Imam Shamil and his best friend Ghazi Mohammad grew up in the mountain village of Gimry. At the time the battle of Gimry, the town was the spiritual home of the north Caucasus brand of Mystical Sufism  and the headquarters of the militarist Islamic resistance against the Russians. Believing their mountain stronghold was safe behind a mountainous wall that was far too great to be scaled by any army, the Dagestani and Chechens were caught ill prepared by the Russian's mountaineering feat and Gimry was easily taken.

After the battle, in the house from where Shamil had made his legendary long jump, the Russians found the first Imam, Ghazi Mohammad, amongst the dead. He had, according to one Russian officer, died in prayer with one hand grasping his beard, the other hand raised and pointing to heaven.
The Russians thought they had won a great victory having killed the heart of the holy war against them. Shamil, however, had other plans. He spent 6 months recovering from his wounds (he also had a broken rib and shoulder before he made the leap) and went on to become the third of imam of Chechnya and Dagestan and fight off the Russian for another quarter of a century.
There is a sign in Gimry today where Shamil had landed that reads in Russian, Here landed Imam Shamil after his leap and the death of the first Imam, Ghazi Mohammad. It stands five meters from the house he had jumped from. I suggested to Shamil in the Landrover that we take the turning up to Gimry and have a look. He replied that there was no time, we had to get far into the mountains before it got dark. I suspected there might be more to it than that. I had been worried about this if I traveled with locals, that I would only get to see the nicer parts of Dagestan.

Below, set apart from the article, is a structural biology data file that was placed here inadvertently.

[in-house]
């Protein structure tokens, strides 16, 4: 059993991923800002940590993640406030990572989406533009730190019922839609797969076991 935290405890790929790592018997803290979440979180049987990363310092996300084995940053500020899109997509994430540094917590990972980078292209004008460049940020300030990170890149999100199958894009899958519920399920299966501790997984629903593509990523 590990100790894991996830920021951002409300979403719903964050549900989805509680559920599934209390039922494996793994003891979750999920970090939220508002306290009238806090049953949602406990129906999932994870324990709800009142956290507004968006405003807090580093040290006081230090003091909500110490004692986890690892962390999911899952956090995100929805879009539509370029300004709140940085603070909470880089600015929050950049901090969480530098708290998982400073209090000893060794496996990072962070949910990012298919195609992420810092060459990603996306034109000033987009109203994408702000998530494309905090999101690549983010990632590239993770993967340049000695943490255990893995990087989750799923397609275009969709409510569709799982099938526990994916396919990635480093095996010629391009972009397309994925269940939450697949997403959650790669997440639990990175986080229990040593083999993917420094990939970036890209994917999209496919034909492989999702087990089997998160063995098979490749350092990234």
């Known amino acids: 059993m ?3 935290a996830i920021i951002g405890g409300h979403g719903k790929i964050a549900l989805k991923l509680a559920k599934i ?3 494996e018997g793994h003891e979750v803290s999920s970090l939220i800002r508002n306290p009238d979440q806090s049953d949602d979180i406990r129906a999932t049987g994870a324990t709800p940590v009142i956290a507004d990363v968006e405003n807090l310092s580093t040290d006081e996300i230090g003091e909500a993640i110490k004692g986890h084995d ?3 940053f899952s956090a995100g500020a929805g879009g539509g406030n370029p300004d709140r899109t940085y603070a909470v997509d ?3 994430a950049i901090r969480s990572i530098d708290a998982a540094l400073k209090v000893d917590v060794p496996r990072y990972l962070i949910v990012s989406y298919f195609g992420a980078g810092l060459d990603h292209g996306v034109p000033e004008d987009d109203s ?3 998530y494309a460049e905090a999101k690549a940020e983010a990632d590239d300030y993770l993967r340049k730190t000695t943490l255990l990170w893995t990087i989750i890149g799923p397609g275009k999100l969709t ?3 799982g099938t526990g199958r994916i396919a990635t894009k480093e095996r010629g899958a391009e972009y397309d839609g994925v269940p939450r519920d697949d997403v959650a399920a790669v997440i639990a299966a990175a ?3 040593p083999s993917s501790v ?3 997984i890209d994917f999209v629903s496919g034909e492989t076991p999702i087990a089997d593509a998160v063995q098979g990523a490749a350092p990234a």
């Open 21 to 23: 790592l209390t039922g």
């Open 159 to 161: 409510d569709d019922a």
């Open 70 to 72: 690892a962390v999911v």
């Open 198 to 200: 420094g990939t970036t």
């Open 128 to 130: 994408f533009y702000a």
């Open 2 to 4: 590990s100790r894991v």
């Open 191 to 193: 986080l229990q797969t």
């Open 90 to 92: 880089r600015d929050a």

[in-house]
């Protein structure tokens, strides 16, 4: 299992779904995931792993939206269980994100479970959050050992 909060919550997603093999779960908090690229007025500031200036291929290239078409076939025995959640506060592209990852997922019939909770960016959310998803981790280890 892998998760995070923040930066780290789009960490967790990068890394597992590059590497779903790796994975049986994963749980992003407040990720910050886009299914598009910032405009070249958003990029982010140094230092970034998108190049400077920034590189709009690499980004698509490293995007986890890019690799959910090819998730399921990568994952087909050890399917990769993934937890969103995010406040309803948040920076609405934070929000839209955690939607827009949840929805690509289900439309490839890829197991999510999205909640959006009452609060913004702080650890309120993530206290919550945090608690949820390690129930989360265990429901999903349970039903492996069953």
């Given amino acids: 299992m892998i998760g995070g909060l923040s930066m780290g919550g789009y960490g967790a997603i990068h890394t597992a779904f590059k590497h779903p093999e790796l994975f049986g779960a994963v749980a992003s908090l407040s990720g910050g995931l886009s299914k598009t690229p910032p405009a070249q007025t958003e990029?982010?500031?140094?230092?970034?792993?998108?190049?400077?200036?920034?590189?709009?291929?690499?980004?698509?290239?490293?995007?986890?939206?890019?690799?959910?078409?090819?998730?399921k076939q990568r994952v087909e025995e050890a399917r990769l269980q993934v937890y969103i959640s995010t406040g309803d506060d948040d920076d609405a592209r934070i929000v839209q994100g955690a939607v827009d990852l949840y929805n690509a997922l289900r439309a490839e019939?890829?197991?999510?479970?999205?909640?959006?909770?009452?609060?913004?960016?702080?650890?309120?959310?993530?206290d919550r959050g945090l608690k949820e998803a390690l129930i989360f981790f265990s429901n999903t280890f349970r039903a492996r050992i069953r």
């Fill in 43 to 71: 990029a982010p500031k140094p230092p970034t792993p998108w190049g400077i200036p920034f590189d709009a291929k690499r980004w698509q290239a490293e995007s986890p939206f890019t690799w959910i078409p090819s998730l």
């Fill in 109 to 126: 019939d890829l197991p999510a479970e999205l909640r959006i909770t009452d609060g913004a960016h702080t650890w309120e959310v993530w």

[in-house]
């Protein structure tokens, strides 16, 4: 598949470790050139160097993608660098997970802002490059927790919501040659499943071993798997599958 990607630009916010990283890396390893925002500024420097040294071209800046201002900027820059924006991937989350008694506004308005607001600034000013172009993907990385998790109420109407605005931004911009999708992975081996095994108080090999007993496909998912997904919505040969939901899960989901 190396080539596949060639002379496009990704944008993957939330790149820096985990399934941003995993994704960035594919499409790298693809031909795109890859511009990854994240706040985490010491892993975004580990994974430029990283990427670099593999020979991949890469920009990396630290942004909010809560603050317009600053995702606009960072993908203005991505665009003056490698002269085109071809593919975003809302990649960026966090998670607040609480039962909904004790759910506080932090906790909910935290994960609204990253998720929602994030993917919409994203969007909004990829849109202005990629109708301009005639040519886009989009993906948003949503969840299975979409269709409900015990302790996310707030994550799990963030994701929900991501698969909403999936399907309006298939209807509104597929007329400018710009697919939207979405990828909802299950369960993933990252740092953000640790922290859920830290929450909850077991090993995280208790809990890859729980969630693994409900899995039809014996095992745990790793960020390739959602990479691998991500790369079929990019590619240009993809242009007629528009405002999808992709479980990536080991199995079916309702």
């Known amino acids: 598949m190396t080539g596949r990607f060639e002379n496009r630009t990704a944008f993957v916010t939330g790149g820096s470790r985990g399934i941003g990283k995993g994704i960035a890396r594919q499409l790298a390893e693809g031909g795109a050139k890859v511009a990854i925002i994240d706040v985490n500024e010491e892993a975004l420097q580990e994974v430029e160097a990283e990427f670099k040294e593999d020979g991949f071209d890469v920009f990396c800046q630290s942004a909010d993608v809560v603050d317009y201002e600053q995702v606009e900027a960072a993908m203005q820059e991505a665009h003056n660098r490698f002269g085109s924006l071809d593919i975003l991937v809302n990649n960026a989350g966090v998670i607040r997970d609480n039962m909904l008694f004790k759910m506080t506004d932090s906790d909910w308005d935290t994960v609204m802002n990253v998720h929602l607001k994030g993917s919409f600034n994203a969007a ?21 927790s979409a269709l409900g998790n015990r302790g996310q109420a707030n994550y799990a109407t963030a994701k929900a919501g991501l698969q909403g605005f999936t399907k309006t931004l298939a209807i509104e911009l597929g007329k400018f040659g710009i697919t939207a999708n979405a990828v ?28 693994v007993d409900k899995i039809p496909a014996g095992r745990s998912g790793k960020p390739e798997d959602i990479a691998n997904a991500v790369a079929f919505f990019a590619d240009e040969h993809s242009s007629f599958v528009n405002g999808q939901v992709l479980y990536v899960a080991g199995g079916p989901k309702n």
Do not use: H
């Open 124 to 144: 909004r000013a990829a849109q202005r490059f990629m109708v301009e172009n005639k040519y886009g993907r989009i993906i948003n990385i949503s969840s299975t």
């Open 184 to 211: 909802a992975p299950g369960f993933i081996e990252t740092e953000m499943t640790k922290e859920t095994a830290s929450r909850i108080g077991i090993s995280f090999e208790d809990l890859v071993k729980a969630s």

Gimry has in recent years, once again become the centre of an Islamic resistance against Russia.
I was told in Makhachkala by a rather blunt lawyer who spoke good English, that the people of Gimry were '..., they have to carry numbers’. According to the lawyer, the Russian Security Forces makes every Salifist in the Gimry area carry a Number card, a card which if they lose, they will disappear. I had read articles by human rights activists about these disappearances, of whole villages being detained for months at a time with many of the men, never to return and those that do had undergone abuse and torture at the hands of the FSB. I had spoken to a Dagestani women in London who had claimed asylum in the UK with her husband and children. She said that her husband would regularly come home beaten and bruised after interrogations from the FSB.
Salafism entered the North Caucasus region in the 1980s from Saudi Arabia. An ultra conservative form of Islam, they found issue with Sufi Islam and how it had intertwined with the traditional mountain beliefs. A militant faction of Salafism spilled over into Dagestan from the chaos of the first and second Chechen wars of the 90s and 2000s and an insurgency continues, if much reduced till this day, targeting police checkpoints and police and military buildings. The 2010 suicide bombings in the Moscow metro were linked to a Dagesatani militant leader and Dagestan made a rare appearance in the western media when the 2013 Boston bombers were found to be from the republic. From 2011 to 2015, Russian special forces carried out military strikes on suspected terrorists in the Gimry region and now the area is tightly controlled.
Imam Shamil is still seen as a symbol of resistance against the Russians in Dagestan and this resistance, as many Human rights activists and foreign journalists point out, is a result of the alleged brutality carried out by the FSB and one of the main reasons young men turn to terrorism, or ‘go to the forest‘ as they say locally.